Yesterday we smoked a brisket. It took several hours, even though it was a very small one (flat), and only 4 lbs. None the less. Not our first attempt at smoking a brisket, but the first time I think we really found some success.
I wasn't even going to shoot this one, as evidenced by the rather boring presentation. I had plated it, and was sitting down to eat when my husband said, "aren't you going to shoot it?" I looked over at my little table-top 'studio', and couldn't resist. Had I planned on shooting it, I might have plated it with a bit more care.
Brisket is not a very tender cut of meat. As a matter of fact, it's pretty damned tough. Our first attempts at brisket were pretty sorry. Words like "dry" and "tough" were really the best ones to describe our results in those first couple of attempts.
Saturday I did a little research on smoking brisket. One site caught my attention, because the blogger started the post with "brisket isn't done until it's done". And when is it done? "When it's tender", proclaimed the blogger. Okay, but at what point does that happen? Well, according to this blogger, somewhere around 200-205 degrees (internal temperature). Really?! Hum, that sounded a little high. But, with two failed briskets under our belts, it was time to test out the "low and slow, to a higher internal temperature" method.
We have an electric smoker, and it does not have a temperature gauge, nor a way in which to hold temperature, so while we did get a great result with the steps we took yesterday, there are a couple of things I will do differently next time. However, on to the process and what we did.
I used my dry rub recipe to heavily coat the brisket, I then bagged it, and vacuumed sealed it. I let it set in the fridge for several hours, to juice up, and absorb all those great flavors.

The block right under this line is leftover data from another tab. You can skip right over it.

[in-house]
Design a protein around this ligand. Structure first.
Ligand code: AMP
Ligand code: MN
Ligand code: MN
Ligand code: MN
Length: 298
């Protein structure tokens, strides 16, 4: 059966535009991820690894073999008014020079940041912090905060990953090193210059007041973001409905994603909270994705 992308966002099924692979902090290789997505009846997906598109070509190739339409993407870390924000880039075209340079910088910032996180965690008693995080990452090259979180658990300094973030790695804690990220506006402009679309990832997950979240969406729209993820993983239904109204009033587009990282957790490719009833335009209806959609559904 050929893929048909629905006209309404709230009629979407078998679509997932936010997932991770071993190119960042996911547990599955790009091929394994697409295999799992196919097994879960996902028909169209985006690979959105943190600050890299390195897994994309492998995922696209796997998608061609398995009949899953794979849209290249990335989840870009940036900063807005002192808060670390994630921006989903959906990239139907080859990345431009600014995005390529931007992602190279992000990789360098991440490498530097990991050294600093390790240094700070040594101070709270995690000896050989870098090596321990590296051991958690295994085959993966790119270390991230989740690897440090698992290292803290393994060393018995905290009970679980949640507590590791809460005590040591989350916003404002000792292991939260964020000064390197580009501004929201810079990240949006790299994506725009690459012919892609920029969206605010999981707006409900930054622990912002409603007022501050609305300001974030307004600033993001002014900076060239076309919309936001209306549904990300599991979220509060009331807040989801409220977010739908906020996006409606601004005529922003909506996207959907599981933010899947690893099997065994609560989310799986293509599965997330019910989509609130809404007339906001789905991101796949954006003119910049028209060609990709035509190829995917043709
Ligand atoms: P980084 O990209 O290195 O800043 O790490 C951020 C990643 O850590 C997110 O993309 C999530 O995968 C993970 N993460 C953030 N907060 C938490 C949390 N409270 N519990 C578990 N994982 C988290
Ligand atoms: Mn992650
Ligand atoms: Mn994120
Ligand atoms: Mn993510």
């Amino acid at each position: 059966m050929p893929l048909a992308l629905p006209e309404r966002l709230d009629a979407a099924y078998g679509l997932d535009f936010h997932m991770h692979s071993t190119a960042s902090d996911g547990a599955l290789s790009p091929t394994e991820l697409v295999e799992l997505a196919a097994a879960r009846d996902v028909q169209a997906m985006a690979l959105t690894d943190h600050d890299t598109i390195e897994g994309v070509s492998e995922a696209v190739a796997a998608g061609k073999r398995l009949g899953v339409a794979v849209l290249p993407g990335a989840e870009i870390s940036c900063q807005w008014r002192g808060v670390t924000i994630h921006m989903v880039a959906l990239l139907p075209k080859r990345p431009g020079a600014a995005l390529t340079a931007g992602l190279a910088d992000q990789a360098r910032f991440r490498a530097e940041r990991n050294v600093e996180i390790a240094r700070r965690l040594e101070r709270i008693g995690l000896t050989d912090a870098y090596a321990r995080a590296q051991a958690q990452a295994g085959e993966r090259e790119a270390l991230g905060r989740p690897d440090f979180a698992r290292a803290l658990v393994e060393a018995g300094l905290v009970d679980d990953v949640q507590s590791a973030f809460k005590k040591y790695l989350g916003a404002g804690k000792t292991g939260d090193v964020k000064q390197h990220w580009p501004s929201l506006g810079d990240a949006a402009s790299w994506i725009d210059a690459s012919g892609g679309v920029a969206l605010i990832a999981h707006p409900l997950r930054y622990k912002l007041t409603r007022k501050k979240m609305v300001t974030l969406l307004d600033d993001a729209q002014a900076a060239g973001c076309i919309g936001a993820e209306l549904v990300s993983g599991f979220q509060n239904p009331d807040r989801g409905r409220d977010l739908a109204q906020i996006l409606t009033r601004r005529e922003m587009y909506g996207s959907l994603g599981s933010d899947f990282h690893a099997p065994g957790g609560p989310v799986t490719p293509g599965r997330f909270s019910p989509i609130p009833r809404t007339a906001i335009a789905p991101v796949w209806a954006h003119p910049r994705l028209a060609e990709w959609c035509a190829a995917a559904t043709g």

It was very hot yesterday, so keeping the smoker at about 225 degrees was not going to be a problem...good, since this is the temperature I was going for. If I have one complaint about our smoker, it would be its ability to hold temperature. When we purchased the smoker, we bought the cheapest one we could find. I wasn't sure if smoking was for us, and before looking at a more expensive alternative, we went with the $59.00 Brinkman. For $59.00, I can't really complain. It has turned out some impressive smoked meats and fish, but it has its limitations, and for us, I have found the best days to use it are days when temperatures will reach at least 85 degrees. At some point we will probably trade up, but this little smoker has a lot of life left in it, and given just a few limitations, it has worked very well for us.
Back to my brisket. Once the smoker was loaded with wood chips, we were ready to roll. I decided to smoke it in a disposable foil pan, keeping the juices in the pan, with the meat, vs. in the bottom of the smoker.
We kept the smoke going for about 3 hours, then just let the heat of the smoker slowly cook the meat. At about 195 degrees, we decided to pull the meat off. The blogger I'd been reading suggested at least 185 degrees, preferably 200-205. We split the difference, and went with 195. In hindsight, I would have gone to 200, or even 205, but as the sun was down over the house, the heat of the smoker was not keeping at a steady 225, and we pulled the meat. It was still very good, and very juicy. It was also very tender, but I can definitely see where another 10-15 degrees of internal temperature would have taken it from really good to 'over the top'!
As I understand it, getting the meat to 200, or even 205, breaks down all the connective tissue, leaving a really tender cut of meat. I can completely see this, given our prior brisket attempts (cooked to lower temperatures), and the relative success of this one, cooked to 195.
Overall, I'm really pleased with our result. The next brisket I will smoke for 3-4 hours, then transfer to the oven to finish, where I can control the temperature far better. A pan of liquid added to the oven, with the brisket, will keep things moist, so I think I can improve on that, too.